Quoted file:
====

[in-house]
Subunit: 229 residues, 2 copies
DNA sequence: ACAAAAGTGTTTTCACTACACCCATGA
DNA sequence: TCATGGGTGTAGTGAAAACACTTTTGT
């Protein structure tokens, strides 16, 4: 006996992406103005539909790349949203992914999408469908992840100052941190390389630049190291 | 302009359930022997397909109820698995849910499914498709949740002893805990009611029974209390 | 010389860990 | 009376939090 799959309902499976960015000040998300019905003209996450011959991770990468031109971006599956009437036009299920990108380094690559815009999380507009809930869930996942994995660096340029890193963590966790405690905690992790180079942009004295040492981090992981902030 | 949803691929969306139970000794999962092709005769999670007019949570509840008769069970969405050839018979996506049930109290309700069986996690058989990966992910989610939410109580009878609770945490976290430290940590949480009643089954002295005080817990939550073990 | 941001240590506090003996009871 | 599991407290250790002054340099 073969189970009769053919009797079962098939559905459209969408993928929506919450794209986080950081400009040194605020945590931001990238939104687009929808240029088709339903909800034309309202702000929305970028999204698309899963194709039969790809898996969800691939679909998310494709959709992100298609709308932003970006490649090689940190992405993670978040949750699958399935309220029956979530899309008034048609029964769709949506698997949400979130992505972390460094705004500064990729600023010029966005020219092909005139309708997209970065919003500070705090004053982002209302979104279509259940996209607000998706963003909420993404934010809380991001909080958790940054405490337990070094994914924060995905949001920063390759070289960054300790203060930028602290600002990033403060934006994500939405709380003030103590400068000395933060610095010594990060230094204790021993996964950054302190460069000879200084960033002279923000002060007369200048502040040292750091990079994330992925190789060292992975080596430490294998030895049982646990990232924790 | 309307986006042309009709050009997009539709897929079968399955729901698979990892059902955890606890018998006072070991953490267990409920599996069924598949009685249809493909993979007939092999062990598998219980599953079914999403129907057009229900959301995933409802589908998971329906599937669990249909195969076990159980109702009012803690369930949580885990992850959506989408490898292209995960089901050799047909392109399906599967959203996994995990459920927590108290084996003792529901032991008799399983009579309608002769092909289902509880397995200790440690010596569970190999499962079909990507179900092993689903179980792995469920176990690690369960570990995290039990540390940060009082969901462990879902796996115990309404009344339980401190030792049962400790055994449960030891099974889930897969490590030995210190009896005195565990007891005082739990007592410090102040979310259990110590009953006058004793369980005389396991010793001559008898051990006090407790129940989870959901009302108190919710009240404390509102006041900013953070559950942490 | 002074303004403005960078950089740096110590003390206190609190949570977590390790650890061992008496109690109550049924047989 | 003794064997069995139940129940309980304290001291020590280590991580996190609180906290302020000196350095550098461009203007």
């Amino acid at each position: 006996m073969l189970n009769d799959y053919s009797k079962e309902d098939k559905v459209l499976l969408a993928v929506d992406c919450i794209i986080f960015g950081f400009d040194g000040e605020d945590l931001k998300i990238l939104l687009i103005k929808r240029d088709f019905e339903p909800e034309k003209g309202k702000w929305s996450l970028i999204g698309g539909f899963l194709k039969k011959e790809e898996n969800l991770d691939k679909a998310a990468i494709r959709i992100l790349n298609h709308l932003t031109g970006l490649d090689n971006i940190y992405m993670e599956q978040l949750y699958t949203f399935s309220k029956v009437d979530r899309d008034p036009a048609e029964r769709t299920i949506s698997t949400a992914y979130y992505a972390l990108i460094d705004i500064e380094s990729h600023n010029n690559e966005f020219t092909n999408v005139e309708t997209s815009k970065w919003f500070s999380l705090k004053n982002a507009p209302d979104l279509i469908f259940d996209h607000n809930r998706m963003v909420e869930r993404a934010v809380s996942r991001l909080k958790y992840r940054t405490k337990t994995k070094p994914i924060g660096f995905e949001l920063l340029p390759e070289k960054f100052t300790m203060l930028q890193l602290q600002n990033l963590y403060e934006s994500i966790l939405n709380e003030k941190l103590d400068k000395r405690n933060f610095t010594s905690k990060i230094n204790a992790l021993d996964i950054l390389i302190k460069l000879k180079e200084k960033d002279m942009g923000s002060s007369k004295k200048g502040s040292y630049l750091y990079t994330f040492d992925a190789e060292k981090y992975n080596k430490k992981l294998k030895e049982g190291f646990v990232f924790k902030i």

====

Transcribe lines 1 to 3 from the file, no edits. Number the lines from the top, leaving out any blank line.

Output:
[in-house]
Subunit: 229 residues, 2 copies
DNA sequence: ACAAAAGTGTTTTCACTACACCCATGA